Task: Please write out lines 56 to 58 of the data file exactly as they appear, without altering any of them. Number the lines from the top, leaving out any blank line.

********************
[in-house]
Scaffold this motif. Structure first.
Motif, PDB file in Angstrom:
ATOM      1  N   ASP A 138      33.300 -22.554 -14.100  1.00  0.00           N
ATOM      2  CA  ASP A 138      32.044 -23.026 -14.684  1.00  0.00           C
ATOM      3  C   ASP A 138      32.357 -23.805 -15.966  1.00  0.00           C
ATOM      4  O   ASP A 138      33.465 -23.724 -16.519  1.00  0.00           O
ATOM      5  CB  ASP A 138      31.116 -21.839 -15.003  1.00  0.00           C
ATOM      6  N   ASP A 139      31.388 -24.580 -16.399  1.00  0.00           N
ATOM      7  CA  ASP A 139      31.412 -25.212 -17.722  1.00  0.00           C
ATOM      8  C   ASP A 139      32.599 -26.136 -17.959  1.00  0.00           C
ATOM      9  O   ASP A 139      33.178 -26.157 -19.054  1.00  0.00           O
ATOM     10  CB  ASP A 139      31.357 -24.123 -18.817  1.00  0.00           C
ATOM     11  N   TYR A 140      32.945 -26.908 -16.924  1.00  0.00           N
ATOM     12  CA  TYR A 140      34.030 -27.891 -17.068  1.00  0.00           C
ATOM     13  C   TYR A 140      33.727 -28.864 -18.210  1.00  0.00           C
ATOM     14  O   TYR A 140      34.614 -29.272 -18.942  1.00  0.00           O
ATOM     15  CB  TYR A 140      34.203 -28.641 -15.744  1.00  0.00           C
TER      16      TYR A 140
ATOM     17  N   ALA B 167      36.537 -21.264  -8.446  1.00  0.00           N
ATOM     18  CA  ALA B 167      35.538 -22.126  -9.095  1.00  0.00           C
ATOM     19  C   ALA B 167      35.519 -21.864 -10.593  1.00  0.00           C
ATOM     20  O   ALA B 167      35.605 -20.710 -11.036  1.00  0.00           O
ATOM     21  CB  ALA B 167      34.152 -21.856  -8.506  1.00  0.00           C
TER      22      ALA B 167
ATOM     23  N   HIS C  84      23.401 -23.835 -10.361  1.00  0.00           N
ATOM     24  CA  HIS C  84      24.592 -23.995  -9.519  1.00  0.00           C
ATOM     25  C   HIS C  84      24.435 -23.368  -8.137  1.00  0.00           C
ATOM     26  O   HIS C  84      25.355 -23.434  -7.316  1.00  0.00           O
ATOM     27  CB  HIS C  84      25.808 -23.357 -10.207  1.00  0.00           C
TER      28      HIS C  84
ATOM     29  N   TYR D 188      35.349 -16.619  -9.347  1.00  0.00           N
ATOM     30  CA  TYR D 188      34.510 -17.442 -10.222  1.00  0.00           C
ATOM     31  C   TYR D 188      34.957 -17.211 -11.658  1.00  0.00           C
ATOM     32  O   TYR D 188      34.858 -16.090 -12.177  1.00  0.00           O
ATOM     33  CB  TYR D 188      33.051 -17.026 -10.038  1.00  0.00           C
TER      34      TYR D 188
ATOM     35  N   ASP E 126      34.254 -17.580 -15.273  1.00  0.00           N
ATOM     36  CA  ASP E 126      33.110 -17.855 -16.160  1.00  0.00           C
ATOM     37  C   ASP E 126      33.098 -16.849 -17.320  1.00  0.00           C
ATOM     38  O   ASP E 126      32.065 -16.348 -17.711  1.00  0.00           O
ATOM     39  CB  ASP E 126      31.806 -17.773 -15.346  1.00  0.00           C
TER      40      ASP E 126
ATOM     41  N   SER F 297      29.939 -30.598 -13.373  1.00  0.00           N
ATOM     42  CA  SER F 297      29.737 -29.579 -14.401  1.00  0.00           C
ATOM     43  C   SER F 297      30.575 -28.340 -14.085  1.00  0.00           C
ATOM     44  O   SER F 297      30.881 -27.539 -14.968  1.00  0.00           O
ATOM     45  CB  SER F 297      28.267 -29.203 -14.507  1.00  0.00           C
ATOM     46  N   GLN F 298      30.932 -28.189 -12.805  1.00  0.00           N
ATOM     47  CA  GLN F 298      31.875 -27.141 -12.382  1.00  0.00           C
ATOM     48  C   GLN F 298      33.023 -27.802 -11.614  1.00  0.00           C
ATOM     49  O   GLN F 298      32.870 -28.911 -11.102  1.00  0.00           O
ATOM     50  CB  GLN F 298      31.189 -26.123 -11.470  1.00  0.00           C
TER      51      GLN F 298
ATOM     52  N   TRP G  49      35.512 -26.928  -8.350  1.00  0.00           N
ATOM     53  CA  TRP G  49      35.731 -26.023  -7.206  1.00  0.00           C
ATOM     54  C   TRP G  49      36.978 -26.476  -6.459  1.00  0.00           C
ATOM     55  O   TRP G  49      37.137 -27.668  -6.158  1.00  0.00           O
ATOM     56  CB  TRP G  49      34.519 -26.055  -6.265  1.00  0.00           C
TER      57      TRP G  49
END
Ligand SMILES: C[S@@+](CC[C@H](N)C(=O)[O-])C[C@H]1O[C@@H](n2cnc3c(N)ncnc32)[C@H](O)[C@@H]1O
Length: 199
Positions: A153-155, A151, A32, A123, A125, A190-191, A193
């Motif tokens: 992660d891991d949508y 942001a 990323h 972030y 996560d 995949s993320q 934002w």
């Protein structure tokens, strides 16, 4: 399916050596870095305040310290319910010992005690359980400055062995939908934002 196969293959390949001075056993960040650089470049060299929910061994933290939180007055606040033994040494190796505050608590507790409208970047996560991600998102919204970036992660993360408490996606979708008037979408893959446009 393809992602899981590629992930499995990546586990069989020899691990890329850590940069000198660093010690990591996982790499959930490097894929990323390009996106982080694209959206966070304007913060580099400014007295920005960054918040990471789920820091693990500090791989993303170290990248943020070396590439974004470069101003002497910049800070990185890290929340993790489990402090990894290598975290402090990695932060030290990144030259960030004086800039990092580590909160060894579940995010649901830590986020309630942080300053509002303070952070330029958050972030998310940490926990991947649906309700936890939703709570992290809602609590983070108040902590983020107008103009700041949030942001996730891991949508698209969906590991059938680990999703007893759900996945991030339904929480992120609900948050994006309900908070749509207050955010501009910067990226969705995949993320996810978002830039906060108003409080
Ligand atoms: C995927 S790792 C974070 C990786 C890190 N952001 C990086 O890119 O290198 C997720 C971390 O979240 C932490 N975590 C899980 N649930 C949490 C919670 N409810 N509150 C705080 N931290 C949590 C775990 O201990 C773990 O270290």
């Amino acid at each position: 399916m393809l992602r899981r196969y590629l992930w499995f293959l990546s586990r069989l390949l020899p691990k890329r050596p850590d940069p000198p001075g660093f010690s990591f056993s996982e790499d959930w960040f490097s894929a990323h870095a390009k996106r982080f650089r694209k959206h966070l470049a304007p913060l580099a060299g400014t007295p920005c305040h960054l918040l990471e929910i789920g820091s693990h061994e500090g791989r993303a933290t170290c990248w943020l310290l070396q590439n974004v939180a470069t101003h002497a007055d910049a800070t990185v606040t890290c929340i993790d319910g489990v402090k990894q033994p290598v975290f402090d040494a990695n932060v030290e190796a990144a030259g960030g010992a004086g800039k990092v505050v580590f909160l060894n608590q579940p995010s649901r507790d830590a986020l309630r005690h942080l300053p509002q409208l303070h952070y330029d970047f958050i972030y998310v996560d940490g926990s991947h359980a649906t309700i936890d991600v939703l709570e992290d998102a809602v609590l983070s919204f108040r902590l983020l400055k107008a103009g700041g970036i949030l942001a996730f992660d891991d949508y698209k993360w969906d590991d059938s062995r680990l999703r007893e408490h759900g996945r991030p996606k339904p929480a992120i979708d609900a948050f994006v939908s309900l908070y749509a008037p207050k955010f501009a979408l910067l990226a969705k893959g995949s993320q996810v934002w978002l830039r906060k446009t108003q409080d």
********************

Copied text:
ATOM     53  CA  TRP G  49      35.731 -26.023  -7.206  1.00  0.00           C
ATOM     54  C   TRP G  49      36.978 -26.476  -6.459  1.00  0.00           C
ATOM     55  O   TRP G  49      37.137 -27.668  -6.158  1.00  0.00           O